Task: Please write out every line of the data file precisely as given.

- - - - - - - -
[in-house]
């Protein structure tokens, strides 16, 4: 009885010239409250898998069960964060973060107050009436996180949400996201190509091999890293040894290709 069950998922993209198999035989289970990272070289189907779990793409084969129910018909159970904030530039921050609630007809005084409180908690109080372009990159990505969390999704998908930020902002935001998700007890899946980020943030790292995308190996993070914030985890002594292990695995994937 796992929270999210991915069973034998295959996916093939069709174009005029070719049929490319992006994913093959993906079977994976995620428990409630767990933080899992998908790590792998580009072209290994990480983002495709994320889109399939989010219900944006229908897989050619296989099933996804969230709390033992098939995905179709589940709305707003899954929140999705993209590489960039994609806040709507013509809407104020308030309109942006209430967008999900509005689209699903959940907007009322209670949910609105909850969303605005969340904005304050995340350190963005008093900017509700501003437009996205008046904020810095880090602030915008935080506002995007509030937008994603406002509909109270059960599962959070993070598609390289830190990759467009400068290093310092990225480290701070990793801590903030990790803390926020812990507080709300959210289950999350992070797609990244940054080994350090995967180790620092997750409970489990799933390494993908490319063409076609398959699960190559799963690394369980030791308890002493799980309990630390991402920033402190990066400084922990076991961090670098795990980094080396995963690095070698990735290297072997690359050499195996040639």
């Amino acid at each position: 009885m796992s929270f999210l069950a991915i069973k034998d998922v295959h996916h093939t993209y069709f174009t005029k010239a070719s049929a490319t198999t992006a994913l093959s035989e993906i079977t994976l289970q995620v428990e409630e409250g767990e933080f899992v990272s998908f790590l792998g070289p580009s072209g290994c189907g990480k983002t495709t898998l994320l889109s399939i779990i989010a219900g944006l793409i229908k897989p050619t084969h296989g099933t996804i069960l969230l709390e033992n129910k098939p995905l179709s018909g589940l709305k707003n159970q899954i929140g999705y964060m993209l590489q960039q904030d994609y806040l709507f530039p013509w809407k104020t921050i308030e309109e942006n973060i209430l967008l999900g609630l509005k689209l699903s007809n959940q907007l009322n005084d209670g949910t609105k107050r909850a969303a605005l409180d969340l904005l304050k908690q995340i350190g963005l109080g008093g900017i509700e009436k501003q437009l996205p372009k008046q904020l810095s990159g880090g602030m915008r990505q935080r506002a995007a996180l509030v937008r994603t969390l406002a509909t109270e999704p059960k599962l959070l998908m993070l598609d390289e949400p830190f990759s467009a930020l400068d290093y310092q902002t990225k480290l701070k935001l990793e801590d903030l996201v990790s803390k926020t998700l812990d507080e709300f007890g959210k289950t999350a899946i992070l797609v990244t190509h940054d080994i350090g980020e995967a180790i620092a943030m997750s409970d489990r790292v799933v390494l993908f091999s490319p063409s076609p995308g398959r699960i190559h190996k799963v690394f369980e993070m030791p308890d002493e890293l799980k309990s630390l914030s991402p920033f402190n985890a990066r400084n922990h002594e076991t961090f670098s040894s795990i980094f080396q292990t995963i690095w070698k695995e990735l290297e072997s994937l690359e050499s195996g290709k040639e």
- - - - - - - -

[in-house]
């Protein structure tokens, strides 16, 4: 009885010239409250898998069960964060973060107050009436996180949400996201190509091999890293040894290709 069950998922993209198999035989289970990272070289189907779990793409084969129910018909159970904030530039921050609630007809005084409180908690109080372009990159990505969390999704998908930020902002935001998700007890899946980020943030790292995308190996993070914030985890002594292990695995994937 796992929270999210991915069973034998295959996916093939069709174009005029070719049929490319992006994913093959993906079977994976995620428990409630767990933080899992998908790590792998580009072209290994990480983002495709994320889109399939989010219900944006229908897989050619296989099933996804969230709390033992098939995905179709589940709305707003899954929140999705993209590489960039994609806040709507013509809407104020308030309109942006209430967008999900509005689209699903959940907007009322209670949910609105909850969303605005969340904005304050995340350190963005008093900017509700501003437009996205008046904020810095880090602030915008935080506002995007509030937008994603406002509909109270059960599962959070993070598609390289830190990759467009400068290093310092990225480290701070990793801590903030990790803390926020812990507080709300959210289950999350992070797609990244940054080994350090995967180790620092997750409970489990799933390494993908490319063409076609398959699960190559799963690394369980030791308890002493799980309990630390991402920033402190990066400084922990076991961090670098795990980094080396995963690095070698990735290297072997690359050499195996040639």
């Amino acid at each position: 009885m796992s929270f999210l069950a991915i069973k034998d998922v295959h996916h093939t993209y069709f174009t005029k010239a070719s049929a490319t198999t992006a994913l093959s035989e993906i079977t994976l289970q995620v428990e409630e409250g767990e933080f899992v990272s998908f790590l792998g070289p580009s072209g290994c189907g990480k983002t495709t898998l994320l889109s399939i779990i989010a219900g944006l793409i229908k897989p050619t084969h296989g099933t996804i069960l969230l709390e033992n129910k098939p995905l179709s018909g589940l709305k707003n159970q899954i929140g999705y964060m993209l590489q960039q904030d994609y806040l709507f530039p013509w809407k104020t921050i308030e309109e942006n973060i209430l967008l999900g609630l509005k689209l699903s007809n959940q907007l009322n005084d209670g949910t609105k107050r909850a969303a605005l409180d969340l904005l304050k908690q995340i350190g963005l109080g008093g900017i509700e009436k501003q437009l996205p372009k008046q904020l810095s990159g880090g602030m915008r990505q935080r506002a995007a996180l509030v937008r994603t969390l406002a509909t109270e999704p059960k599962l959070l998908m993070l598609d390289e949400p830190f990759s467009a930020l400068d290093y310092q902002t990225k480290l701070k935001l990793e801590d903030l996201v990790s803390k926020t998700l812990d507080e709300f007890g959210k289950t999350a899946i992070l797609v990244t190509h940054d080994i350090g980020e995967a180790i620092a943030m997750s409970d489990r790292v799933v390494l993908f091999s490319p063409s076609p995308g398959r699960i190559h190996k799963v690394f369980e993070m030791p308890d002493e890293l799980k309990s630390l914030s991402p920033f402190n985890a990066r400084n922990h002594e076991t961090f670098s040894s795990i980094f080396q292990t995963i690095w070698k695995e990735l290297e072997s994937l690359e050499s195996g290709k040639e």